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Parade lights up (and warms up) downtown Cortez

Below-freezing temperatures didn’t stop crowds of Montezuma County residents from lining Main Street for the annual Parade of Lights on Saturday.

More than 50 floats participated in this year’s parade, fewer than in some past years, but enough to make the procession last nearly an hour. Some spectators started setting up folding chairs along Main Street, or turning their cars into viewing galleries, two hours early. Several businesses along Main Street responded by handing out cookies and hot drinks from the sidewalk or inviting people inside to get warm.

For many people, the night began at 5 p.m. with a Christmas carol performance by the Montezuma-Cortez High School choir at the Cortez Cultural Center, which was followed by a tree lighting in the courtyard outside.

But the lights began parading at 6 p.m., starting with grand marshals The 40s Bunch, a local historical preservation society, riding in an appropriately vintage car, a 1951 Hudson Hornet that bore its original paint. It was driven by owner Darren Upton, a relative of a member of the 40s Bunch, and carried Lavina Saunders, Walt and Bobby Jo Ertel, and Philip and Vivienne Kenyon.

“It was a great ride,” said Vivienne Kenyon, “and we were honored to be part of a parade to be remembered.”

This year’s parade was all about remembering. Themed “Preserving Treasured Memories of Christmas Past,” the parade featured floats decked out in nostalgic, traditional holiday décor. A few Santa’s workshops, including one that produced a fountain of sparks from a welding machine, made their appearance, as well as several gingerbread houses and live Christmas trees. The Southwest Open School float, which won second place in the nonprofit category, boasted a tepee made of Christmas lights.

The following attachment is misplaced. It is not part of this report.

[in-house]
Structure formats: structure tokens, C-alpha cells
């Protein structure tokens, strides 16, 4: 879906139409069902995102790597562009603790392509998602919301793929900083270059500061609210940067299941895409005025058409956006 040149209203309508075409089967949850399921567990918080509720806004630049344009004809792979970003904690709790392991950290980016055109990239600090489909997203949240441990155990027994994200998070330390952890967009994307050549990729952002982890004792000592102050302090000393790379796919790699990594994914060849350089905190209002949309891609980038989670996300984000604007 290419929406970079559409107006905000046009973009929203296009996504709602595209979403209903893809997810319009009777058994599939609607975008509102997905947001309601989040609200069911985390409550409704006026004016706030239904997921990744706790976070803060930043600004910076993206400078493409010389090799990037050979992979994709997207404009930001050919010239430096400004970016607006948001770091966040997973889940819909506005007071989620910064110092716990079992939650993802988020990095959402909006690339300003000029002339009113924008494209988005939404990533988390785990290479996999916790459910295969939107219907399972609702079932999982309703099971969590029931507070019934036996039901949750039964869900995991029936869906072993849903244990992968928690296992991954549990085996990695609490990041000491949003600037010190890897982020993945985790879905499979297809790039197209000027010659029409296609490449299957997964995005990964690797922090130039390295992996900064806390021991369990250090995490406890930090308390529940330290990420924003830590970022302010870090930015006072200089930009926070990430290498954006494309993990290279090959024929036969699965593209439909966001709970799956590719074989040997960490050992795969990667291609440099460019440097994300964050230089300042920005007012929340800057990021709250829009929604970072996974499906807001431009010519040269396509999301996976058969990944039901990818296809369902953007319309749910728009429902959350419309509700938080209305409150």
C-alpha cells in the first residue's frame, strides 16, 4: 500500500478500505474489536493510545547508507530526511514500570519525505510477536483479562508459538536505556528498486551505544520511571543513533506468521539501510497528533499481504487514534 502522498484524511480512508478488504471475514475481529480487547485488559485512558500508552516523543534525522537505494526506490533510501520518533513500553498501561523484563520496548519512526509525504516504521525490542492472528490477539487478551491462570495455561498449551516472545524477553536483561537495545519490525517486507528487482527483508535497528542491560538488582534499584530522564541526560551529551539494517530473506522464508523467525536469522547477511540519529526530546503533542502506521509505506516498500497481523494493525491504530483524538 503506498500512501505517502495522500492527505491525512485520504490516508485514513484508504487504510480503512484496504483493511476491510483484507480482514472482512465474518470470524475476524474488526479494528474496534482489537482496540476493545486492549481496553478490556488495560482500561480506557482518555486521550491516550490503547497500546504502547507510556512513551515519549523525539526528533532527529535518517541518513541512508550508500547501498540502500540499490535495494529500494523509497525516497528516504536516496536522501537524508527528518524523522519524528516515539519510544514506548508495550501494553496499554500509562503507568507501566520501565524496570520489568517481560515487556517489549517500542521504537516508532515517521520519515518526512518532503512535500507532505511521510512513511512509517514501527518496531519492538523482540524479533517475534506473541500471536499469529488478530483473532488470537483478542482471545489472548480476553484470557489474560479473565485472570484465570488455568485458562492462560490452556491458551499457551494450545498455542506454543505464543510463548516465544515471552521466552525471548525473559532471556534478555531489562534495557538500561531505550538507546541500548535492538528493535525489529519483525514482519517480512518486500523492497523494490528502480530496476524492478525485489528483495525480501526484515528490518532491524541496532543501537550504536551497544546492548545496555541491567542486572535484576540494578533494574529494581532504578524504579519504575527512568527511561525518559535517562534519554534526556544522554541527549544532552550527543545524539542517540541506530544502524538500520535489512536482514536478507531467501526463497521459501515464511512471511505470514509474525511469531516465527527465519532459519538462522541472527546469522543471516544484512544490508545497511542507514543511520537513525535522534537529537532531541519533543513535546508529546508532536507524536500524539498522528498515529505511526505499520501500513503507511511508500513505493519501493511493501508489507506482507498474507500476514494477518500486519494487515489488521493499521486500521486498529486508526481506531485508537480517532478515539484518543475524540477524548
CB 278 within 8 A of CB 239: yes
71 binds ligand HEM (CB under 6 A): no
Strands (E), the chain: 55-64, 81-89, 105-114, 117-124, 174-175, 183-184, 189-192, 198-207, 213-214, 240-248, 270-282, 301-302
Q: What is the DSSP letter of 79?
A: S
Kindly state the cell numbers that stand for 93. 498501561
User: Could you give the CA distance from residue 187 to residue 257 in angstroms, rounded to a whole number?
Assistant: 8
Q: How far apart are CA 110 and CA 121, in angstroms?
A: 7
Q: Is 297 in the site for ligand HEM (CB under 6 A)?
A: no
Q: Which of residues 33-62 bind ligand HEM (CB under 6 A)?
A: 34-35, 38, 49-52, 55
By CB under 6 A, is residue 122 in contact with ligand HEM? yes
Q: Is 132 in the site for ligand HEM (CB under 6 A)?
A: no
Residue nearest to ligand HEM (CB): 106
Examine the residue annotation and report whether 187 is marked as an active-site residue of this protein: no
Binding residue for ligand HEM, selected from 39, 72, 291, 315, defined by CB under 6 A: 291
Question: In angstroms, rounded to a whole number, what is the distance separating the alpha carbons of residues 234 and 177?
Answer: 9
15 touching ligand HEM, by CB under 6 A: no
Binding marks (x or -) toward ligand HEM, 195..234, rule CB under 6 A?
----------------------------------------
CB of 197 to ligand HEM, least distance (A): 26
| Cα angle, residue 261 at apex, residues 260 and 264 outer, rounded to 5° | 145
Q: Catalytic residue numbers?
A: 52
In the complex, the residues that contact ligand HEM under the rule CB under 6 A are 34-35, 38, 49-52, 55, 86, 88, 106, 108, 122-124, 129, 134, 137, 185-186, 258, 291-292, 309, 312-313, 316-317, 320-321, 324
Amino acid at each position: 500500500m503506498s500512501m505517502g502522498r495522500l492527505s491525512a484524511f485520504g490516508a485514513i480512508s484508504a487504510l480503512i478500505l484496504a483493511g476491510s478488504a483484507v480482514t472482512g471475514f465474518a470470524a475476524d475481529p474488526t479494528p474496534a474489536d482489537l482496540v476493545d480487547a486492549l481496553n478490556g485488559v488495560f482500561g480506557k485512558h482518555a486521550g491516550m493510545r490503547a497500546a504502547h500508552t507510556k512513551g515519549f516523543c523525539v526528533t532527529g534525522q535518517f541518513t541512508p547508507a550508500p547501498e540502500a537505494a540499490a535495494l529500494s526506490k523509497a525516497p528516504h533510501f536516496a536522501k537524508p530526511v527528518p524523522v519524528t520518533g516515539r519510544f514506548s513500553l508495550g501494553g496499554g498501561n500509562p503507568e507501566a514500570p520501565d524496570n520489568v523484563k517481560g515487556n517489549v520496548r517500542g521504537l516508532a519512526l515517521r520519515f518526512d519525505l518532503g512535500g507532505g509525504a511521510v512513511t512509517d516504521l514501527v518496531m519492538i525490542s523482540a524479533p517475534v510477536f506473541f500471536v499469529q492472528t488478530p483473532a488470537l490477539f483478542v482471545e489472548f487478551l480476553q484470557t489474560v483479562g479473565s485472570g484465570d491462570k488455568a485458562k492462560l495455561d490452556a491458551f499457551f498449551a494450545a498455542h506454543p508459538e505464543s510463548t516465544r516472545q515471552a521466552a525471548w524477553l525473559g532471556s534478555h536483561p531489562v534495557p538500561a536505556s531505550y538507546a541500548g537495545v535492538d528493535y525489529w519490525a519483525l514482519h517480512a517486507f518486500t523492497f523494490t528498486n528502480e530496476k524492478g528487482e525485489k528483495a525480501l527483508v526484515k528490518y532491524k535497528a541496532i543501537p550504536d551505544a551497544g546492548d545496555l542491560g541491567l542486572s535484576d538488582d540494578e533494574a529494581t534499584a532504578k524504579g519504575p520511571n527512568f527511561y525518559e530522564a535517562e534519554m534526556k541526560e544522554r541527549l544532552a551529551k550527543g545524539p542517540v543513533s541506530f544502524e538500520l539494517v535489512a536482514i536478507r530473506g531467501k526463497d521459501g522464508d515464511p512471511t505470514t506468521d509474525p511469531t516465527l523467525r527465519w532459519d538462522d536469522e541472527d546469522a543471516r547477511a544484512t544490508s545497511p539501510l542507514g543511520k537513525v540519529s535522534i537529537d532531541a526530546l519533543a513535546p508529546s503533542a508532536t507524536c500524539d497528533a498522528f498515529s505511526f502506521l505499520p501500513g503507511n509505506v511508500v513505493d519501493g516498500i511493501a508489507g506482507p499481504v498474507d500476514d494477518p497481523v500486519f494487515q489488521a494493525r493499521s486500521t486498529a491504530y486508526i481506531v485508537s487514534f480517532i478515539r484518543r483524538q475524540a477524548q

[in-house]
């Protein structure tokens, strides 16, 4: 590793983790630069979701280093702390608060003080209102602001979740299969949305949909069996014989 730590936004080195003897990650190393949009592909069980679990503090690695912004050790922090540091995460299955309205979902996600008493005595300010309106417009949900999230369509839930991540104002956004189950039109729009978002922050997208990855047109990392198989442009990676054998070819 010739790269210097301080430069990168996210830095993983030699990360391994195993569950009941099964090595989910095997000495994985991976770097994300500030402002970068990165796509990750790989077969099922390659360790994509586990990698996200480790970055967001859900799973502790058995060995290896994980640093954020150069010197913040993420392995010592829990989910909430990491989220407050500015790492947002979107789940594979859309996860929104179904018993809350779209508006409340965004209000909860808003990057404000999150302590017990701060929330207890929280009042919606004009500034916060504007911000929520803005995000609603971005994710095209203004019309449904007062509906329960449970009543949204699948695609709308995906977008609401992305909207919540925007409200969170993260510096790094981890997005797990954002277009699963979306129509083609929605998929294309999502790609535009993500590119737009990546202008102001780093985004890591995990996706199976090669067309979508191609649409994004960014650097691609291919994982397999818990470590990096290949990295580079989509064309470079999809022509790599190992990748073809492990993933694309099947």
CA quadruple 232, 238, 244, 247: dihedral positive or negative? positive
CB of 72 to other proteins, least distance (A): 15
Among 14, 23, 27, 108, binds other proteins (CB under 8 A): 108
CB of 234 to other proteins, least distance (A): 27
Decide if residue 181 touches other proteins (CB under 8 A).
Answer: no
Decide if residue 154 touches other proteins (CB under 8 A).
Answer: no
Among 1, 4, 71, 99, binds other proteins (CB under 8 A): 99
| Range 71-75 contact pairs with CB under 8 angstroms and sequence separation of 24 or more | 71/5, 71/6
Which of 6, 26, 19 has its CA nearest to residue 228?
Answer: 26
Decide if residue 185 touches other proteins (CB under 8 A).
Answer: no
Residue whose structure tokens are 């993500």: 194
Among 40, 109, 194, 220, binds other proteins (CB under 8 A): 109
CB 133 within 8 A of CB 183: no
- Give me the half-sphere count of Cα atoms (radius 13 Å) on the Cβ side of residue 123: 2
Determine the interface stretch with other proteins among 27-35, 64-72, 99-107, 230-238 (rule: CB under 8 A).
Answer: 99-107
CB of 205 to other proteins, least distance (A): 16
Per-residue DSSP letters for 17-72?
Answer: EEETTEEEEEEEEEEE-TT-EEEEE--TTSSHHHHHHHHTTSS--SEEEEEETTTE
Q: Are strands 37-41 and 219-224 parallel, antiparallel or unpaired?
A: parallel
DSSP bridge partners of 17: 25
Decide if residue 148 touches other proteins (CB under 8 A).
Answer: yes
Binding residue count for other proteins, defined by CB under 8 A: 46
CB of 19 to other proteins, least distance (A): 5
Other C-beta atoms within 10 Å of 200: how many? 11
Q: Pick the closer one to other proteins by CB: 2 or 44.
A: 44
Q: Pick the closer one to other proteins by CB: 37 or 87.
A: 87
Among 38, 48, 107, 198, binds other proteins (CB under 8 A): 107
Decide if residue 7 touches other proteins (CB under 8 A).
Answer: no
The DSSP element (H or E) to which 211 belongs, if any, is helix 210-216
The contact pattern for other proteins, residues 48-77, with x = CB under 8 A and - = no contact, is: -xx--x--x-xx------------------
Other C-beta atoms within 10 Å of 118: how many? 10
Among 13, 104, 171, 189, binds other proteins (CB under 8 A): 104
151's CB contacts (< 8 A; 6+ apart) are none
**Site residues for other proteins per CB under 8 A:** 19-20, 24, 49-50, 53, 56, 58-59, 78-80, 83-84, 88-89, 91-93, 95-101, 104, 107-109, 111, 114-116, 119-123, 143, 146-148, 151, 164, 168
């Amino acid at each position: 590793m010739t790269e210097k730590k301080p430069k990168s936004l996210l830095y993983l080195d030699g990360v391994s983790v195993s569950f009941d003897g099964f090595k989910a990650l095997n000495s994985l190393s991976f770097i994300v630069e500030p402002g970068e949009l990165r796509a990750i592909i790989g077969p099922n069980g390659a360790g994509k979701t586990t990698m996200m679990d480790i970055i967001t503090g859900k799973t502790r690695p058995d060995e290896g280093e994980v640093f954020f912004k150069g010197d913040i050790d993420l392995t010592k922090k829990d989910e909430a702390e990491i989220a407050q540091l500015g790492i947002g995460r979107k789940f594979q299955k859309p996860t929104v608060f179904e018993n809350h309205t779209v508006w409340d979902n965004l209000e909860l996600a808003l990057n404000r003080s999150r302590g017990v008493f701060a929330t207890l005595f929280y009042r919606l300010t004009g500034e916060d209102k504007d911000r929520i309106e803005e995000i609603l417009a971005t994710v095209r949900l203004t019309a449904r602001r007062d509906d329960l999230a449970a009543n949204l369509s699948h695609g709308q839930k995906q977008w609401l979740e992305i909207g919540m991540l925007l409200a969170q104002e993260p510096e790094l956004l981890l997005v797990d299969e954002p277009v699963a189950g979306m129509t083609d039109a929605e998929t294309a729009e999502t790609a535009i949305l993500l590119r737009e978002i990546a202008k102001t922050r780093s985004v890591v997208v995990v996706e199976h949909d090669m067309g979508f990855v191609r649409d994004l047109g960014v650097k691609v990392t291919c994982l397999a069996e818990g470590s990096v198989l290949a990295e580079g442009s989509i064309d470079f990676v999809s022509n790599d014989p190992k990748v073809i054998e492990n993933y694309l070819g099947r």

The Cortez chapter of Future Farmers of America, which won second place last year in the “Other” category, made it to first place this year with an elaborate float on which about 15 FFA students acted out an old-fashioned Christmas party.

“We’ve got people opening gifts over there, Grandma crocheting in the corner, and then they’re going to be chopping the Christmas tree right there on the float,” supervisor Ed Rice said, adding that the entire chapter pitched in to put the float together.

Other floats drew a lot of attention, even though they didn’t quite fit the theme. Mesa Verde Aquatics Club won first place in the “Nonprofit” category after the club’s energetic T. rex characters got loud cheers from the crowd.

Michelle Morris, a volunteer affiliate of the Four Corners Board of Realtors, said she thought the parade went very smoothly.

“We didn’t get any snow, the weather didn’t go bad,” she said. “The judges had a really great time, and I think everyone else did too.”

Each of the first-, second- and third-place winners received cash prizes, sponsored by the Board of Realtors.

In the “Commercial” category, Blue Moon Painting won first place, followed by Stormy’s ATC Gymnastics in second place and Diesel Technology in third.In the “Nonprofit” category, Mesa Verde Aquatics Club won first place, followed by the Southwest Open School Native Indian Culture Club in second place and Blue Star Moms in third.In the “Other” category, the Cortez Future Farmers of America won first place, followed by the Cortez Middle School Band in second place and Miniz N More in third.

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